Textbook Notes (368,434)
Canada (161,878)
Psychology (9,695)
PSYB57H3 (366)
George Cree (102)
Chapter 2

Chapter 2 Notes

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Department
Psychology
Course
PSYB57H3
Professor
George Cree
Semester
Winter

Description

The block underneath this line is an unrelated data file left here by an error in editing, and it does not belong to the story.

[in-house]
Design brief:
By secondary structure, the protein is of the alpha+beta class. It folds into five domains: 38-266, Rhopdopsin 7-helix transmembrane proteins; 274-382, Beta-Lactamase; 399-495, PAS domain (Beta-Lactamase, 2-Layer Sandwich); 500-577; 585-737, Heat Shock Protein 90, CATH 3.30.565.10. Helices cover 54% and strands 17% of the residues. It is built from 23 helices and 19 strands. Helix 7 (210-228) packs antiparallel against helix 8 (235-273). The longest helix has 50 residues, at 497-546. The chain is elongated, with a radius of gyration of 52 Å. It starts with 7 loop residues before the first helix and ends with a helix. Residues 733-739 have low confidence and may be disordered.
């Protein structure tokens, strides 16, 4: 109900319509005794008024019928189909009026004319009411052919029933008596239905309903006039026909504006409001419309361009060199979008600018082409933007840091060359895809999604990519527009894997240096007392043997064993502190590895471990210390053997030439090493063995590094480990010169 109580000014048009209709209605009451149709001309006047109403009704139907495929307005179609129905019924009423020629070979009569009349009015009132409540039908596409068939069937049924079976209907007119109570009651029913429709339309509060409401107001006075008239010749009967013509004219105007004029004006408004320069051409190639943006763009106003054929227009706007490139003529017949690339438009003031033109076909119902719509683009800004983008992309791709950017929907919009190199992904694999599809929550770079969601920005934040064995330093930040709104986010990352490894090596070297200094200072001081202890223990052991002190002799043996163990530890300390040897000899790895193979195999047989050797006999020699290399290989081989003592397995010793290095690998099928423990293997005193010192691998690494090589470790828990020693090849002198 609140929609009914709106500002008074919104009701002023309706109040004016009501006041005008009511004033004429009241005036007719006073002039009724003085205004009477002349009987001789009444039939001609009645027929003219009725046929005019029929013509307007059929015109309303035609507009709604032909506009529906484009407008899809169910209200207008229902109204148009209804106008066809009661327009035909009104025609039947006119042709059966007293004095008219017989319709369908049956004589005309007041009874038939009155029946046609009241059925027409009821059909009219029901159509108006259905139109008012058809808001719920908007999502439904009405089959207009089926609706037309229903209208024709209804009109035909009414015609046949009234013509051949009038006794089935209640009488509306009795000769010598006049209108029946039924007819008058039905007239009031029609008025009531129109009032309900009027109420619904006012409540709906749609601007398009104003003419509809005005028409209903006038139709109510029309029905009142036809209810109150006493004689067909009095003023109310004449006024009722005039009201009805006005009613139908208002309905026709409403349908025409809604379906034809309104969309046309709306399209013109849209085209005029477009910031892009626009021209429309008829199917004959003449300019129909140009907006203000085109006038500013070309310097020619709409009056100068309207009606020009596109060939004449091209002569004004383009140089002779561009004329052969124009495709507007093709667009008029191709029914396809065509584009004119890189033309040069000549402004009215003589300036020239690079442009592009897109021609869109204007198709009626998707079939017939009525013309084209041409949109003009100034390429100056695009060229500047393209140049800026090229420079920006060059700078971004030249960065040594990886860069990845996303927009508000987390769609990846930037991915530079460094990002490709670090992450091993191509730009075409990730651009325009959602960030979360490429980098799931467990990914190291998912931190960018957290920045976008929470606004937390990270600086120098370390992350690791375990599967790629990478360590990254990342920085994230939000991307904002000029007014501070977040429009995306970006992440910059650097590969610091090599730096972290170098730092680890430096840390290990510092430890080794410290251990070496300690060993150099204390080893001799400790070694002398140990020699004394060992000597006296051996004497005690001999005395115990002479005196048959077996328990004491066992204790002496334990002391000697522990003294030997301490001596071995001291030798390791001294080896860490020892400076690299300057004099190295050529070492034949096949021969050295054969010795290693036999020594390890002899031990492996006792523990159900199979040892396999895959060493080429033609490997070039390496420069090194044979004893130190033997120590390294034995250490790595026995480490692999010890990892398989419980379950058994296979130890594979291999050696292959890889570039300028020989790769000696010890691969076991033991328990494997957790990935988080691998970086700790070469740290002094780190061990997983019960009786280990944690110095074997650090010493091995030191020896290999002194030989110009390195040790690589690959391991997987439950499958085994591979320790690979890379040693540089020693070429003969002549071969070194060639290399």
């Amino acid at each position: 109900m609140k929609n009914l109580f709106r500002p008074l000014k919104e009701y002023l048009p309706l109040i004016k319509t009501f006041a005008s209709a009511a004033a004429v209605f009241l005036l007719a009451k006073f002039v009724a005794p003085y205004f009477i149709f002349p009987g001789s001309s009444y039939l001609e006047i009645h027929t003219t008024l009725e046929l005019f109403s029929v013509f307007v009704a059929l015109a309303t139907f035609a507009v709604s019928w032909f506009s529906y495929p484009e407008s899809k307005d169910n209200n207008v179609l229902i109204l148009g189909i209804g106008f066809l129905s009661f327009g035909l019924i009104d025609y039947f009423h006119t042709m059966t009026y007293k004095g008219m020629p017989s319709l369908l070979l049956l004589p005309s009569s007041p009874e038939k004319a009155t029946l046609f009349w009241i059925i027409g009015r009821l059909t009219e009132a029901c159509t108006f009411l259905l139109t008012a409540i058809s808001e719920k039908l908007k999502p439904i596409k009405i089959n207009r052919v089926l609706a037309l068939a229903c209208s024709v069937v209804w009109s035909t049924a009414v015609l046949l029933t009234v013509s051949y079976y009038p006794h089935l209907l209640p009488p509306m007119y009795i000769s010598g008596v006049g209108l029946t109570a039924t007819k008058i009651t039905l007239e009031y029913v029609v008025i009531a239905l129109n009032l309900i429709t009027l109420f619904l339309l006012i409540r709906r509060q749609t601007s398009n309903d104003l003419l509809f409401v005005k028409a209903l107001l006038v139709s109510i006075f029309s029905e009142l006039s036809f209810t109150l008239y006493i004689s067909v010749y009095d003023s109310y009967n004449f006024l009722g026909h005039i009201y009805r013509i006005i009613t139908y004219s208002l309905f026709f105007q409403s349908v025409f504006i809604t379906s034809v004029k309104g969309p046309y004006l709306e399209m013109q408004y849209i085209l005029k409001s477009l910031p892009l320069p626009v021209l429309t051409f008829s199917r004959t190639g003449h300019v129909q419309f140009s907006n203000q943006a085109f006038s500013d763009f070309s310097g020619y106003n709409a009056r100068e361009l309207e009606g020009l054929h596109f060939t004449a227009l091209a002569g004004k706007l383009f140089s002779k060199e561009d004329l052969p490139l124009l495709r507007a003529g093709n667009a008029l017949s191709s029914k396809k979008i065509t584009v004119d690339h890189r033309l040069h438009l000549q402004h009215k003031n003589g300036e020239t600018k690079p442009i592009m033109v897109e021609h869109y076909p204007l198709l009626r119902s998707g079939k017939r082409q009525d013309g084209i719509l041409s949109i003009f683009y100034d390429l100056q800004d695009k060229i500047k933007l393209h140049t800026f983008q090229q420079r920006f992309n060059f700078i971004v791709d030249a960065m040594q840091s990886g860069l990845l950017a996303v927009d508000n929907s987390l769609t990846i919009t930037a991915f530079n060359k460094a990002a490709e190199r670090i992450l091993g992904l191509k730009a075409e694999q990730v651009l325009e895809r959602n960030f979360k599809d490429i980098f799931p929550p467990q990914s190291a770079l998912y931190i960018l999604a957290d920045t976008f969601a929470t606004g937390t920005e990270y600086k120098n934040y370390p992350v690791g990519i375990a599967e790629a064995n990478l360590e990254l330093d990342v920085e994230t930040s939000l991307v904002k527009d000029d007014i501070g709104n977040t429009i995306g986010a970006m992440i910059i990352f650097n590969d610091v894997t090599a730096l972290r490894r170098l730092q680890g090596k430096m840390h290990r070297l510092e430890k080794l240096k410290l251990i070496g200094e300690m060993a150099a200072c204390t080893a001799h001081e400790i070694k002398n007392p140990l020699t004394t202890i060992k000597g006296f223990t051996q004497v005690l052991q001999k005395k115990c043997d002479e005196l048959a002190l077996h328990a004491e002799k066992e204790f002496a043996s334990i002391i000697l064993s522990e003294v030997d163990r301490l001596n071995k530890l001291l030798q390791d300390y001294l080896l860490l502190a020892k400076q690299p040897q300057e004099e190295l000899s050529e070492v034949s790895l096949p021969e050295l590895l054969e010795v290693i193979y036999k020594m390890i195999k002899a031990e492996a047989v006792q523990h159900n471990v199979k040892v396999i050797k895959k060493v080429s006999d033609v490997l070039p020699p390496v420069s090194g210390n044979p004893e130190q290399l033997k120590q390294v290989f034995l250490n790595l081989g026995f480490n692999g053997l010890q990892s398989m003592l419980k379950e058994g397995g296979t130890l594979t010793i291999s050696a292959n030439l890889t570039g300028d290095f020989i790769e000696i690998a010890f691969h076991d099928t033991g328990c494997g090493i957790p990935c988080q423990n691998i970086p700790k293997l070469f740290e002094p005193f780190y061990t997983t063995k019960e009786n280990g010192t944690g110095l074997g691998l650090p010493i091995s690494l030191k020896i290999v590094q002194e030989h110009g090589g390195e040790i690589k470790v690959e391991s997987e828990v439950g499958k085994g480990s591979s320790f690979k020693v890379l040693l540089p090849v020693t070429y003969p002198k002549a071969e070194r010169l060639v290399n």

What it means to perceive? Sensation and perception provide the raw material for cognition Our perception is not a simple registration of sensory stimuli but sophisticated cognitive processes work on the sensory information almost immediately and produce the brains interpretation, our existing knowledge guides these dynamic processes The sensory stimuli are typically ambiguous and open to multiple interpretations The two problems with sensation and perception: 1. Sensory input does not contain enough information to explain our perception 2. The world presents us with too much sensory input to include into our coherent perceptions at any single moment We do not just register the picture as a whole when we see an image, but we see only relatively fine details in a small region point of fixation. Searching is one of the ways to deal with excess input 1 www.notesolution.com We engage in selective attention which allows us to choose part of the current sensory input for further processing at the cost of other aspects on input In conclusion, whether too much or too little, cognitive processes are necessary to interpret and understand the material we encounter How it works: The case of visual perception Vision, like hearing, is a distance sense that helps us sense objects without touching them. It tells us what is out there and where is it. Our senses also give us a nudge towards action e.g. where to grab the object from Visual perception takes in information about the properties and locations of objects so we can make sense of it and interact with our surroundings Structure of the visual system: The pattern of light intensity, edges and other features in the visual scene form an image on the retina Light hits the photoreceptors and nerve cells at the back of the eye [job: light gets converted into electrochemical signals] transmitted to the brain via optic nerves (each optic nerve is a bundle of long axons of ganglion cells in the retina optic nerve axons contact with LGC (lateral geniculate nucleus) in thalamus; a structure lying on the surface of the brain Primary visual cortexstriate cortex host of visual areas as well as areas that are not exclusively visual in function. Beyond the primary visual cortex, 2 pathways can be identified: a. Dorsal pathway: reaches up into parietal lobes and is important in processing information about where items are located and how we act on them e.g. touch them b. Ventral pathway: reaches down into parietal lobe and processes information that leads to recognition and identification of objects Top-Down and Bottom-Up processing Most visual areas that send output to another area also receive input from that area i.e. they have reciprocal connections www.notesolution.com
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